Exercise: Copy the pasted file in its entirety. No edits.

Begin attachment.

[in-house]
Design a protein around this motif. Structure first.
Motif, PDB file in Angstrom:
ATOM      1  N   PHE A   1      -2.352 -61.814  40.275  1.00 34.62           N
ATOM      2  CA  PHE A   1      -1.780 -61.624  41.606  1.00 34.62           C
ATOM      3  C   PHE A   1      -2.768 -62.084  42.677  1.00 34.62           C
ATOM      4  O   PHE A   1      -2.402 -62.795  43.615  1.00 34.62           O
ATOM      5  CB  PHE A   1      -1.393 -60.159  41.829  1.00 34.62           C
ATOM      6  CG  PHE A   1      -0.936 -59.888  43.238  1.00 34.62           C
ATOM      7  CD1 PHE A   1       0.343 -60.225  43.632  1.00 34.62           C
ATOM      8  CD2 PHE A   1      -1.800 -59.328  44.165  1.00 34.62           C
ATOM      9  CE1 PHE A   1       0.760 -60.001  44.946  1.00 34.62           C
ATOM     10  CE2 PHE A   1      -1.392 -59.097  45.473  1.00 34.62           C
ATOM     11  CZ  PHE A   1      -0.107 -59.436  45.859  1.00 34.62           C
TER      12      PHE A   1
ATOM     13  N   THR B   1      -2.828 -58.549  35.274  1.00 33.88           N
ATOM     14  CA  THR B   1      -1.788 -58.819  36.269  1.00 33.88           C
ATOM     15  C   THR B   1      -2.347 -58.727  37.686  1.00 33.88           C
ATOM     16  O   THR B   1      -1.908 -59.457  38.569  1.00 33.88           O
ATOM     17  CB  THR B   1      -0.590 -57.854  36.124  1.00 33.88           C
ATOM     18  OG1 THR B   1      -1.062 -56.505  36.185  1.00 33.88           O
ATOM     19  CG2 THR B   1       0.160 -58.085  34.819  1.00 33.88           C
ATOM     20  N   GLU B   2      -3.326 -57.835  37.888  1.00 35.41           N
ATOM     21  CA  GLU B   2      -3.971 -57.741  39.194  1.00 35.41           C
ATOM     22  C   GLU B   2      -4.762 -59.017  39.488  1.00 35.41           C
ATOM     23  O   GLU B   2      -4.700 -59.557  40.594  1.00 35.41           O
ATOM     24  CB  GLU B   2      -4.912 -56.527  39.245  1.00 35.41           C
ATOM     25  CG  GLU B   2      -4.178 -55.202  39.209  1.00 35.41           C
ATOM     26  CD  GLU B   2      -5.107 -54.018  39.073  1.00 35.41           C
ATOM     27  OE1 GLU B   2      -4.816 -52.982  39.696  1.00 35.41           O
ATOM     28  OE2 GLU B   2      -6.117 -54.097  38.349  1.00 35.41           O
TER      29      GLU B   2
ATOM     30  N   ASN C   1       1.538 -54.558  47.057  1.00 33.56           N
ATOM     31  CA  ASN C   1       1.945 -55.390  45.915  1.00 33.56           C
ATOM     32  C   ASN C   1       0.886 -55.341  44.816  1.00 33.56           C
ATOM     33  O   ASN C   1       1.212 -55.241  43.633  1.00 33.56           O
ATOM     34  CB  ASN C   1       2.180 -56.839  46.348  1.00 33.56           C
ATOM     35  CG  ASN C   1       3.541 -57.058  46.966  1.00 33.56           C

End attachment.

[in-house]
Design a protein around this motif. Structure first.
Motif, PDB file in Angstrom:
ATOM      1  N   PHE A   1      -2.352 -61.814  40.275  1.00 34.62           N
ATOM      2  CA  PHE A   1      -1.780 -61.624  41.606  1.00 34.62           C
ATOM      3  C   PHE A   1      -2.768 -62.084  42.677  1.00 34.62           C
ATOM      4  O   PHE A   1      -2.402 -62.795  43.615  1.00 34.62           O
ATOM      5  CB  PHE A   1      -1.393 -60.159  41.829  1.00 34.62           C
ATOM      6  CG  PHE A   1      -0.936 -59.888  43.238  1.00 34.62           C
ATOM      7  CD1 PHE A   1       0.343 -60.225  43.632  1.00 34.62           C
ATOM      8  CD2 PHE A   1      -1.800 -59.328  44.165  1.00 34.62           C
ATOM      9  CE1 PHE A   1       0.760 -60.001  44.946  1.00 34.62           C
ATOM     10  CE2 PHE A   1      -1.392 -59.097  45.473  1.00 34.62           C
ATOM     11  CZ  PHE A   1      -0.107 -59.436  45.859  1.00 34.62           C
TER      12      PHE A   1
ATOM     13  N   THR B   1      -2.828 -58.549  35.274  1.00 33.88           N
ATOM     14  CA  THR B   1      -1.788 -58.819  36.269  1.00 33.88           C
ATOM     15  C   THR B   1      -2.347 -58.727  37.686  1.00 33.88           C
ATOM     16  O   THR B   1      -1.908 -59.457  38.569  1.00 33.88           O
ATOM     17  CB  THR B   1      -0.590 -57.854  36.124  1.00 33.88           C
ATOM     18  OG1 THR B   1      -1.062 -56.505  36.185  1.00 33.88           O
ATOM     19  CG2 THR B   1       0.160 -58.085  34.819  1.00 33.88           C
ATOM     20  N   GLU B   2      -3.326 -57.835  37.888  1.00 35.41           N
ATOM     21  CA  GLU B   2      -3.971 -57.741  39.194  1.00 35.41           C
ATOM     22  C   GLU B   2      -4.762 -59.017  39.488  1.00 35.41           C
ATOM     23  O   GLU B   2      -4.700 -59.557  40.594  1.00 35.41           O
ATOM     24  CB  GLU B   2      -4.912 -56.527  39.245  1.00 35.41           C
ATOM     25  CG  GLU B   2      -4.178 -55.202  39.209  1.00 35.41           C
ATOM     26  CD  GLU B   2      -5.107 -54.018  39.073  1.00 35.41           C
ATOM     27  OE1 GLU B   2      -4.816 -52.982  39.696  1.00 35.41           O
ATOM     28  OE2 GLU B   2      -6.117 -54.097  38.349  1.00 35.41           O
TER      29      GLU B   2
ATOM     30  N   ASN C   1       1.538 -54.558  47.057  1.00 33.56           N
ATOM     31  CA  ASN C   1       1.945 -55.390  45.915  1.00 33.56           C
ATOM     32  C   ASN C   1       0.886 -55.341  44.816  1.00 33.56           C
ATOM     33  O   ASN C   1       1.212 -55.241  43.633  1.00 33.56           O
ATOM     34  CB  ASN C   1       2.180 -56.839  46.348  1.00 33.56           C
ATOM     35  CG  ASN C   1       3.541 -57.058  46.966  1.00 33.56           C